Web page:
Friday, May 12, 2023

Book Review: Punk Revolution!

Punk rock has been on the front lines of activism since exploding on the scene in the 1970s. Punk Revolution! is a reflection on this cultural movement over the past 45 years, told through firsthand accounts of hundreds of musicians and activists.

John Malkin brings together a wide cast of characters that include major punk and postpunk musicians, important figures influenced by the punk movement, and underground punk voices. These insightful, radical, and often funny conversations travel through rebellions against Thatcher, Reagan, Trump, and Putin, to punk activism that has taken on nuclear war, neoliberalism, modern warfare, patriarchy, white supremacy, the police, settler colonialism, the climate crisis, and more. The result is a fresh and unique, global history of punk throughout the ages.

Punk Revolution!: An Oral History of Punk Rock Politics and Activism will be published on June 15, 2023. Rowman and Littlefield provided an early galley for review.

Cards on the table: I was never very rebellious, and, thus, punk was only something I knew from a distance - a safe distance. Thanks to my older brother, I got to know and love the music of the Ramones, the Sex Pistols and the Clash (among others). Even as I got older, I made sure to sample many more bands in the genre. Some I like a lot; some I could not get into at all. And that's okay. What drew me to this book is wanting to know and understand punk even more.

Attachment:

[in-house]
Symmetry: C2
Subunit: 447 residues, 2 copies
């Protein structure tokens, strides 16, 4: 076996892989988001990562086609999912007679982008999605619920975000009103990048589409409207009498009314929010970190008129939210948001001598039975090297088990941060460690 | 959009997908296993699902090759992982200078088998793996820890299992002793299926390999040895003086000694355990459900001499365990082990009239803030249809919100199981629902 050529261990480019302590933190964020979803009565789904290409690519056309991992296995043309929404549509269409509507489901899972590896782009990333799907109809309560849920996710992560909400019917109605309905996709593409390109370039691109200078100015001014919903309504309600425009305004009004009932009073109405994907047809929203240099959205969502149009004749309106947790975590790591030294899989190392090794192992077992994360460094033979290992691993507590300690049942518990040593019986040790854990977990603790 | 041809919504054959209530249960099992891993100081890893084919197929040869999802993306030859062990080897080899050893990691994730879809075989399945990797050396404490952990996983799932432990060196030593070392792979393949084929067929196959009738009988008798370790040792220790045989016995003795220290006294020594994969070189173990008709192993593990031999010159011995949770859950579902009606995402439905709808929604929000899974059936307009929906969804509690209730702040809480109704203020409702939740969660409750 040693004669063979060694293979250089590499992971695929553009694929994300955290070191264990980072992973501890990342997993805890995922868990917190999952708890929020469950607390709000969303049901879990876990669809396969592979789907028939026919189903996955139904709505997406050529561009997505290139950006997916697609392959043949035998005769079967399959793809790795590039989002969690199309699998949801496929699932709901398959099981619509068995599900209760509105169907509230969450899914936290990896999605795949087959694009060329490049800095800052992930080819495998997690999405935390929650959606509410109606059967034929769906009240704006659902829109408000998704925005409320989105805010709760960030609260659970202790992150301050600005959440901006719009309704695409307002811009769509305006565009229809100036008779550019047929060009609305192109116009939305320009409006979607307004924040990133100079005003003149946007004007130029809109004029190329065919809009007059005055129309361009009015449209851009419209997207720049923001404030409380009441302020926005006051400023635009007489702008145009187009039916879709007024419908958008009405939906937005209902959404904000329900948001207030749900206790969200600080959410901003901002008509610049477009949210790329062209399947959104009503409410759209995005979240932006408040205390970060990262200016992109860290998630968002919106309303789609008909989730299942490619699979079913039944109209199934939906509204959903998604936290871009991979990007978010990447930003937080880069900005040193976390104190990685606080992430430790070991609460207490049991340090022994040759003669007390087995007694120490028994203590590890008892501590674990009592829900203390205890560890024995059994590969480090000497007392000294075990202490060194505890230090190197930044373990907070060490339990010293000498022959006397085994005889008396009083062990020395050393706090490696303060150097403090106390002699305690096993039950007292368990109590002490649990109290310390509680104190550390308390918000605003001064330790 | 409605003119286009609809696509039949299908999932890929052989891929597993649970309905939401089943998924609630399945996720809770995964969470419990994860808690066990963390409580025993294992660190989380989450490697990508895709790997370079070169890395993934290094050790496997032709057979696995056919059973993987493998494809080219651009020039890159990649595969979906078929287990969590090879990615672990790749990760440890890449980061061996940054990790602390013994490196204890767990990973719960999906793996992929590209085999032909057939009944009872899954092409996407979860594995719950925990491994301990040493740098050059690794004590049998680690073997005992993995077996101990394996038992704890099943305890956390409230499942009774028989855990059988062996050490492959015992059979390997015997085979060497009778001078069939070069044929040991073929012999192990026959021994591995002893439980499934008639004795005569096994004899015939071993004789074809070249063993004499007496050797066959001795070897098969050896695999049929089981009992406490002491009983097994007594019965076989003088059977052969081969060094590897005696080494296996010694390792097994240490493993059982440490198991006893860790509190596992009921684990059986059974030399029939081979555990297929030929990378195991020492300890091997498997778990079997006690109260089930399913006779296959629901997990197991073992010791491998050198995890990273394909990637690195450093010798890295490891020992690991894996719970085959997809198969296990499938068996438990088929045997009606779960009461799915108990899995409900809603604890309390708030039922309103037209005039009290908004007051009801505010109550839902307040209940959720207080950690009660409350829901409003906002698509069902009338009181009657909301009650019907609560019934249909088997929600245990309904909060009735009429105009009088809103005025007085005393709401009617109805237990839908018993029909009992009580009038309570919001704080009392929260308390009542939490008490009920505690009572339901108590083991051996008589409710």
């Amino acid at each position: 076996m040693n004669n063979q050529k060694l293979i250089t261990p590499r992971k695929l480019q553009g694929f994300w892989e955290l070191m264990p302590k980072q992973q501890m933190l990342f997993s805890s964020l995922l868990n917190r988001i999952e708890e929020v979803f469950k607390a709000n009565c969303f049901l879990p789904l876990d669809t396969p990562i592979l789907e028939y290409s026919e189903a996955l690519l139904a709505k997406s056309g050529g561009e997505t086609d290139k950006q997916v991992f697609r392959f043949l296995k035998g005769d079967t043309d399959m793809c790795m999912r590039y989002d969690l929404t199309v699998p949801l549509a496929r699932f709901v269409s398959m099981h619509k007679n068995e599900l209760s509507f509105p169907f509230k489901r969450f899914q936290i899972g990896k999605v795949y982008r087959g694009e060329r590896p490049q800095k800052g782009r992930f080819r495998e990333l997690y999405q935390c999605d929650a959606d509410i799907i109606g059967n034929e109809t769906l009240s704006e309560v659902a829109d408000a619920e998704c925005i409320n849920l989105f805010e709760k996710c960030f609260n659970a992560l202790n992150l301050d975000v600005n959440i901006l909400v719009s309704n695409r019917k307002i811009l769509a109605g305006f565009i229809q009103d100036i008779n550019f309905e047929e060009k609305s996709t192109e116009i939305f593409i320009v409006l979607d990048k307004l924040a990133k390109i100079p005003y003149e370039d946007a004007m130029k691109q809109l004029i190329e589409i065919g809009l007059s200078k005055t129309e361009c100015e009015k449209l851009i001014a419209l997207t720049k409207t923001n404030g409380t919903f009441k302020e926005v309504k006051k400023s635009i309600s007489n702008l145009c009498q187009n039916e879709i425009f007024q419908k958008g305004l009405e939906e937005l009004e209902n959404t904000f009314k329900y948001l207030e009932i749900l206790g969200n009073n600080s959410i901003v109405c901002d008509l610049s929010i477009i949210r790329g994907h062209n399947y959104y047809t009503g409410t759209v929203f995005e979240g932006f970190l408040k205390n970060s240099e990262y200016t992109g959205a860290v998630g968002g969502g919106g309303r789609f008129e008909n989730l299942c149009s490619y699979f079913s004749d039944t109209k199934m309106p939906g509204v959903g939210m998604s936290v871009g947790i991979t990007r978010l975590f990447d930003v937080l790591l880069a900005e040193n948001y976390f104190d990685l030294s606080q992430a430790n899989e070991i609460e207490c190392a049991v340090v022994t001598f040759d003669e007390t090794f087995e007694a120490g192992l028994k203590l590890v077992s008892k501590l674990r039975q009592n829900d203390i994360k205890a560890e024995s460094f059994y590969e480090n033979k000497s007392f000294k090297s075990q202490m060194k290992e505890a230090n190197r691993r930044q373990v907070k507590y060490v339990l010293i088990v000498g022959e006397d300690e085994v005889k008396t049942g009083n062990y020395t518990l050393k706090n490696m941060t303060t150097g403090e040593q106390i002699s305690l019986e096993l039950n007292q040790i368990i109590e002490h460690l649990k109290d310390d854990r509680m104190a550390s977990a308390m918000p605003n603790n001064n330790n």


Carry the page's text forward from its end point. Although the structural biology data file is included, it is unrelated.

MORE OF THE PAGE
Malkin's book was twenty years in the making. With over 250 interviews, he not only had material for this book but also two more coming down the road in the future. That tells me that a lot of research and care went into this narrative. As a librarian, I always applaud those that do their homework properly.

With so much material, Malkin weaves talking points together on common themes and ideas. That can have an interesting effect. Sometimes he'll have quotes from one person at one time followed by another at another time. He does make sure to put in notes of time so the context of the quotes can be made. That can make for a bit of a chaotic reading experience though. Somehow, it actually worked for me when I read it. Mileage might vary.

Overall, I got a lot out of this book. It showed the many facets of punk - so many more than I had even considered before. It also gave many examples of performers using their art and their platforms as activists. It was a good mix between performers I knew and performers I was just discovering thanks to this book.

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